Until the recent boom in tablet sales, Acer was one of the companies riding the crest of the wave of high volume, low value laptops. But the consumer electronics market has swung away from that part of the PC market and now the Taiwanese manufacturer is looking at a concerted push into mobile.
It already has four ranges of smart devices but it has been working on phablets and high end smartphones. However, it hasn’t made the decision whether these devices will see the light of day in their current forms. Picking up a phablet, dubbed the Liquid S1, from the table in front of him, ST Liew, president of the smartphone business group, says: ‘The technology is an investment. A lot of what we do will be brought to bear in future products.’
Acer said its concerted push into mobile followed an examination of its business and where consumer trends were heading. Allen Burnes, vice-president for smartphones for Europe, Middle East and Africa, said: ‘It’s pretty clear that the IT business and the smartphone business are colliding. With the deployment of LTE, during the next few years computing will very much be mobile. We recognise it’s essential to be in the smartphone space and we are looking at what assets we could use across our footprint.’
Burnes demurred when asked whether Acer would bring the high volume, low cost success that worked so well for it in laptops to bear in the smartphone space. On the day Mobile met Acer, Vodafone announced its £50 own brand smartphone. Is Acer likely to follow suit and target the increasingly crowded entry level? Not quite, because of the importance of maintaining its brand. Burnes said: ‘We are very careful with what we do. If you look at the specs that go into the Vodafone device, it’s compromised with the likes of memory and speed. We took the conscious decision with the Z1 smartphone that we wouldn’t go below a certain speed and memory.’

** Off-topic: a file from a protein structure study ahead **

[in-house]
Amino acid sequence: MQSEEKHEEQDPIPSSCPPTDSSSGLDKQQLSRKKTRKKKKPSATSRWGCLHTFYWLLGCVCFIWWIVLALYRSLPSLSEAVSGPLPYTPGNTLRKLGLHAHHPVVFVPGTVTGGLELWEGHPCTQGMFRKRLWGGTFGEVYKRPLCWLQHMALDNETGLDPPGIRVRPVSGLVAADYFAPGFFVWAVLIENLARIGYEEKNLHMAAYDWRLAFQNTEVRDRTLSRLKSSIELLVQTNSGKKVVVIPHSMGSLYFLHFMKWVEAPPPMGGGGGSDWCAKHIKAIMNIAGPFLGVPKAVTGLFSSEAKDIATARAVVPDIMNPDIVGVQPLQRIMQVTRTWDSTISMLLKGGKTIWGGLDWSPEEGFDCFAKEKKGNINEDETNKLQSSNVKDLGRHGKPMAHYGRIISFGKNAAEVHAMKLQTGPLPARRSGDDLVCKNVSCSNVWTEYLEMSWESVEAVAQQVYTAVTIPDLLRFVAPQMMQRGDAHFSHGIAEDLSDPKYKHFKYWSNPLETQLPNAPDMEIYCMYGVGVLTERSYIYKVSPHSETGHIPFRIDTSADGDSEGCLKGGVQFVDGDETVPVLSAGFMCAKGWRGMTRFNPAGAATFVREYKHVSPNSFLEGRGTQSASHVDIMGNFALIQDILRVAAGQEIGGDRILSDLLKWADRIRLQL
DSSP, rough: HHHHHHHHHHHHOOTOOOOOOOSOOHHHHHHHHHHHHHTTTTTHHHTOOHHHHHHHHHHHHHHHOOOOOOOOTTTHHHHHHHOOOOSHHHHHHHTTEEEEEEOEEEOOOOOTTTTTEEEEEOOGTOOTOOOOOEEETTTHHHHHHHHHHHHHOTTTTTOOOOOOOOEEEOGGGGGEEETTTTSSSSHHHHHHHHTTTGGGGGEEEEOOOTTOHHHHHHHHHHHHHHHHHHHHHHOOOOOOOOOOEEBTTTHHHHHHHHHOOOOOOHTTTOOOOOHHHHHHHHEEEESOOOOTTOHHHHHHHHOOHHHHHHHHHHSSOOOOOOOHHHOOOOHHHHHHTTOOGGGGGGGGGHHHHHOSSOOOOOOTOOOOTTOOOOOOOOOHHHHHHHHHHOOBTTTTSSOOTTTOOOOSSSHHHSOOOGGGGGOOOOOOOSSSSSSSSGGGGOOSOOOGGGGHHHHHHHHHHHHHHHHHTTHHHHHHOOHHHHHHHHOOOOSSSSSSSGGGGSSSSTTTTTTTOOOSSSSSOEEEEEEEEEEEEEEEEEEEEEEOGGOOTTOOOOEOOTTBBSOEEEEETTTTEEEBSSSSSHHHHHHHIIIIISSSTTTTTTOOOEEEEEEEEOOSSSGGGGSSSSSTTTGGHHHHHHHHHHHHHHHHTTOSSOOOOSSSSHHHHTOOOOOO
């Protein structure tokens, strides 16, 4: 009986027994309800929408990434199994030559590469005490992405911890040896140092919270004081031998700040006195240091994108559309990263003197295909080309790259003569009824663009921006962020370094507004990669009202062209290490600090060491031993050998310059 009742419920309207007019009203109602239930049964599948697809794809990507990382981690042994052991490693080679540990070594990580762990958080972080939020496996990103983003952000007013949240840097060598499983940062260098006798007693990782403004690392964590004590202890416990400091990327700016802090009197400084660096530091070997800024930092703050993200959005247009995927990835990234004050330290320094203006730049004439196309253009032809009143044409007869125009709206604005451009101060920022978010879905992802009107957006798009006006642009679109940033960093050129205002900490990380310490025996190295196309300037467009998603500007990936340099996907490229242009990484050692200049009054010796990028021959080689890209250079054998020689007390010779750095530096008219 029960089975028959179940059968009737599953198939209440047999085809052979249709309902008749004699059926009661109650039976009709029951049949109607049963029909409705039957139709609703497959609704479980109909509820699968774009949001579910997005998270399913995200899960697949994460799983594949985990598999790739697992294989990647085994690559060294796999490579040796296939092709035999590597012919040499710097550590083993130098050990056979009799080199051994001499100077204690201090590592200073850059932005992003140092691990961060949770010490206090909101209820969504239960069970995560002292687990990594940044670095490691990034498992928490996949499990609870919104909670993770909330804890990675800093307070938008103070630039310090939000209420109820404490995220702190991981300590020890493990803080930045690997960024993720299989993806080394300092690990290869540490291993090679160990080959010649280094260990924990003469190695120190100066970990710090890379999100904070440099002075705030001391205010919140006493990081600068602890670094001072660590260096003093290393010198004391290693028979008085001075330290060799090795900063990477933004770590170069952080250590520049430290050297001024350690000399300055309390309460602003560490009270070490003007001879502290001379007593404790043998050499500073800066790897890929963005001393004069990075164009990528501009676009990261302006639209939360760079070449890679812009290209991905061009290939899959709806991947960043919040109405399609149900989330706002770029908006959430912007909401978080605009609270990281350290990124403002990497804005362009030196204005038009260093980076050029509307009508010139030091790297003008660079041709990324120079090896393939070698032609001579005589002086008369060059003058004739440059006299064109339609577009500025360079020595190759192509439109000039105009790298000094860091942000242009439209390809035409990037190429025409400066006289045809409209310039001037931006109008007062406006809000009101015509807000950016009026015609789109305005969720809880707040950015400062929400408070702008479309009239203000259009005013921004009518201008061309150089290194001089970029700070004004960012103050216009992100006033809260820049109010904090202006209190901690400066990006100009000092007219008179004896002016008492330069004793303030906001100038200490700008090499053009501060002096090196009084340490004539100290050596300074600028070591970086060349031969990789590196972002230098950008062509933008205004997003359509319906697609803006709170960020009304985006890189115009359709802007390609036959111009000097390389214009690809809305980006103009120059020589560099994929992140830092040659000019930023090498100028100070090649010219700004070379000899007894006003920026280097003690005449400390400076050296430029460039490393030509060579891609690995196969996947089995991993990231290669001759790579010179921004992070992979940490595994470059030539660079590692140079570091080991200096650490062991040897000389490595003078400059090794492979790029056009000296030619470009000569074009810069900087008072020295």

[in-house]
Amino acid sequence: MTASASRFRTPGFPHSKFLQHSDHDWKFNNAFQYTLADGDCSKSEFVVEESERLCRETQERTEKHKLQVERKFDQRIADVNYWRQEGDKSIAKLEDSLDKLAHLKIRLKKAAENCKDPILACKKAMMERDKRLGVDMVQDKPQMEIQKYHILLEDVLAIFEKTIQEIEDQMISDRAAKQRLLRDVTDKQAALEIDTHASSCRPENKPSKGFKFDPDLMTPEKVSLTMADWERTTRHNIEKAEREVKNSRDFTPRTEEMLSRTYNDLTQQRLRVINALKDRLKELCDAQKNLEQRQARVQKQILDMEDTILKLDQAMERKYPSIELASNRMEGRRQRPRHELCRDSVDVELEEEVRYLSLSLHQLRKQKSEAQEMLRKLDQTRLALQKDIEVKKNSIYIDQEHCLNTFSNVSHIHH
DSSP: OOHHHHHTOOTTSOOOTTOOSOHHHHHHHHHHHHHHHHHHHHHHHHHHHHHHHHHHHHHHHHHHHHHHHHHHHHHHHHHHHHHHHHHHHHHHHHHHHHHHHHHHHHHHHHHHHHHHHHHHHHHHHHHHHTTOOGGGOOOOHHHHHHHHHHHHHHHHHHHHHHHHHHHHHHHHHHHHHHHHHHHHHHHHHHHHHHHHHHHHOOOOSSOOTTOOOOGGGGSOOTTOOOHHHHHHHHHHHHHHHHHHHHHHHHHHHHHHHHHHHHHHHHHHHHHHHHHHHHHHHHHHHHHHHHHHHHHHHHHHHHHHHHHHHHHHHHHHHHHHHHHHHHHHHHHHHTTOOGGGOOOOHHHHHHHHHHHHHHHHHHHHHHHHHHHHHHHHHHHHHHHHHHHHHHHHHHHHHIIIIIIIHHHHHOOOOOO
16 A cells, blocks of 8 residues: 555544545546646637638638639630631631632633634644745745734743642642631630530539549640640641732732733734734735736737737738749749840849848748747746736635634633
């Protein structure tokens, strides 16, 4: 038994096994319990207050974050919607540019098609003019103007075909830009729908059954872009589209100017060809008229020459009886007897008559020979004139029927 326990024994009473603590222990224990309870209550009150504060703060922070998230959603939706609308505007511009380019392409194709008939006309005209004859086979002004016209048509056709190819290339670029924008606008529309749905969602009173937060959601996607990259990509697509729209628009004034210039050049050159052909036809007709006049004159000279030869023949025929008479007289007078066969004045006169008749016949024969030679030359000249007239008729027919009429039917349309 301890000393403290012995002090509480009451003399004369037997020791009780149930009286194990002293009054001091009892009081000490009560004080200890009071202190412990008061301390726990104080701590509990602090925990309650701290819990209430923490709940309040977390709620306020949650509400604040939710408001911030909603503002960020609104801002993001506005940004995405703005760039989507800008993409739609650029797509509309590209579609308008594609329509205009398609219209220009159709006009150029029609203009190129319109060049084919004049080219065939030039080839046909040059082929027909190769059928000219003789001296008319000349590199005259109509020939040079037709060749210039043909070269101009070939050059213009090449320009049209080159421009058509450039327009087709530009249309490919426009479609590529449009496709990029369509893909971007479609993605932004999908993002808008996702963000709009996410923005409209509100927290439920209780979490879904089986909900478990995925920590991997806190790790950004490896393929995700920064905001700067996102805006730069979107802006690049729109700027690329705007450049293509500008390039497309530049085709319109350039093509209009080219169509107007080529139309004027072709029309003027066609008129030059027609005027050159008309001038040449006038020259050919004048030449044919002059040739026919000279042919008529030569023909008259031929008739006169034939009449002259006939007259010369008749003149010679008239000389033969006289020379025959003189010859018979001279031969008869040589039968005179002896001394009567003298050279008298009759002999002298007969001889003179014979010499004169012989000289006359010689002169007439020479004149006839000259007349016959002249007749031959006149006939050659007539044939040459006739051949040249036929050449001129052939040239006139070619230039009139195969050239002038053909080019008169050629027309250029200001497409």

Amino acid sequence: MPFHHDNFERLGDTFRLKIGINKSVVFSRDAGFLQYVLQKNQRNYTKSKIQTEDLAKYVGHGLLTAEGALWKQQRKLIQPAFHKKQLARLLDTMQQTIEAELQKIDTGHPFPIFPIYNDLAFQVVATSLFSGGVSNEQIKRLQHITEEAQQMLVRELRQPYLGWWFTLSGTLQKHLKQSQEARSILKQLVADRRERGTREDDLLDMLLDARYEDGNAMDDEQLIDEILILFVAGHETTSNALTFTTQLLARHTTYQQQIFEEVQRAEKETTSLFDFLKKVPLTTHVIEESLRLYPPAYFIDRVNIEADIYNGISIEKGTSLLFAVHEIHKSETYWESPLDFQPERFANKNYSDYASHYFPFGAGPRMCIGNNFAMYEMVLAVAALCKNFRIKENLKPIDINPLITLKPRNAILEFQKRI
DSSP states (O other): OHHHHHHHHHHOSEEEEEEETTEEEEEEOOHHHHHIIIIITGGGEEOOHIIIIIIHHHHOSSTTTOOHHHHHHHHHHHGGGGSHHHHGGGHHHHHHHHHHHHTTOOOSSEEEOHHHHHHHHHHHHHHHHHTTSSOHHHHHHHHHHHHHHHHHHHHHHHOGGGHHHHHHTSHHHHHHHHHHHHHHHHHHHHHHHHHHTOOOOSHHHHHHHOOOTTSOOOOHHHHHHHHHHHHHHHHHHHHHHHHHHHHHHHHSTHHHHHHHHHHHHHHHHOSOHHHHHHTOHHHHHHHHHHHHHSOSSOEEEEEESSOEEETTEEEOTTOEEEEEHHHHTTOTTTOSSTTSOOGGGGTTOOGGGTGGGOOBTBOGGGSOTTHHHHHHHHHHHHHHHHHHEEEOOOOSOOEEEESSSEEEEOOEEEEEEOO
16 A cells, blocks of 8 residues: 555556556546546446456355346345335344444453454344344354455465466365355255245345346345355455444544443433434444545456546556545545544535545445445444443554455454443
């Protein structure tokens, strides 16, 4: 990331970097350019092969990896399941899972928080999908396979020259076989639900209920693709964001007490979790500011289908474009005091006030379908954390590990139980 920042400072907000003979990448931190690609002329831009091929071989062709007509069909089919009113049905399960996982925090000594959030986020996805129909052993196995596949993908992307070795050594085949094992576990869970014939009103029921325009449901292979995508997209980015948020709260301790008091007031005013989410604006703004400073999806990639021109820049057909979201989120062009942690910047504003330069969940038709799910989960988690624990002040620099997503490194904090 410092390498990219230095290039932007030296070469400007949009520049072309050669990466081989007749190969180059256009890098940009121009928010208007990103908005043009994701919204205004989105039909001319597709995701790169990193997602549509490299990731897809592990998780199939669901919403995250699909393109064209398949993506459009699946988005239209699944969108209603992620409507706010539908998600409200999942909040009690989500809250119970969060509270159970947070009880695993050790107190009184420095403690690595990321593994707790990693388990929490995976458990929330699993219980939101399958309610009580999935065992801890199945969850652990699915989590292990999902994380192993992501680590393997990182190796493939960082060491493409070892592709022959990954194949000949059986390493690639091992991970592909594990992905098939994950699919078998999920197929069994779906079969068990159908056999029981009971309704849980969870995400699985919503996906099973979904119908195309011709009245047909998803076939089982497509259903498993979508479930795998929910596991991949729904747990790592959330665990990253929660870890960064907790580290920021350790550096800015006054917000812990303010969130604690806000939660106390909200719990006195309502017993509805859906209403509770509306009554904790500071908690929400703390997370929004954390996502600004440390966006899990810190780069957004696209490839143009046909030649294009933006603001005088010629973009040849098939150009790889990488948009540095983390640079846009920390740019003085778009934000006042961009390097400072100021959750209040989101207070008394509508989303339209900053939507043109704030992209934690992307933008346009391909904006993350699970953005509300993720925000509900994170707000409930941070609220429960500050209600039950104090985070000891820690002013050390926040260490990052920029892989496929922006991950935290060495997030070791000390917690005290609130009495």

White label deals, usually the best way for a new entrant to gain traction, are also off the cards. Burnes says: ‘We have had that discussion but at the end of the day we are not going to build products for a marginal margin and poor branding.’
So the plan is to bring its Liquid S1 phablet to market in August, followed by another phablet at the end of the year. Acer is positioning the handset as a flagship device, but consumers’ heads may be turned by the £349 retail price.
Need for speed
Burnes says one of Acer’s strengths is how quickly it can get devices produced, with its phablet the result of initial conversations in January. Speed may be one thing but competition in the mobile market is a tough nut to crack, as former Motorola man Burnes realises. He says the company is in talks with operators about its forthcoming products but he says it is the company’s brand that will sell devices, not a weighty budget.
He says: ‘We are not Samsung and are able to go out and spend €500m but we can get cut through with aligned marketing. Point of sale is very important. Retailers can be quite conservative but I think this can grab interest among consumers.’
Beyond that, Burnes says the company’s nimble nature means it can experiment that bit more than the larger players. When asked what its plans are for entry level devices, he replies: ‘We shouldn’t think small screen is exclusively entry level. Why shouldn’t it be wearable technology?’ If it can cut into the smartphone market like it did laptops, Acer could be the next big disruptor to be coming out of Taiwan.
Microsoft is ‘not doing enough to drive Windows Phone’
Acer is sticking with Android as the key software on its smartphones. Allen Burnes told Mobile the smartphone business is at such a relatively early stage to its laptops that it needs to be careful where it places its money. Microsoft has made inroads in the UK thanks to the latest version of its operating system but Windows Phone still only accounts for one in 10 smartphone sales.
Burnes said it was ‘very interested’ in Microsoft as an operating system but it needs to make more of an impact. He said: ‘What we look for is consumer pull. As a business we need to take bets. We have to make hard business decisions that have to return or we have wasted the best part of a year.
‘Microsoft has great values but it is not getting these across to the consumer. Through the next year it should grow but it is completely underindexing where it should be.’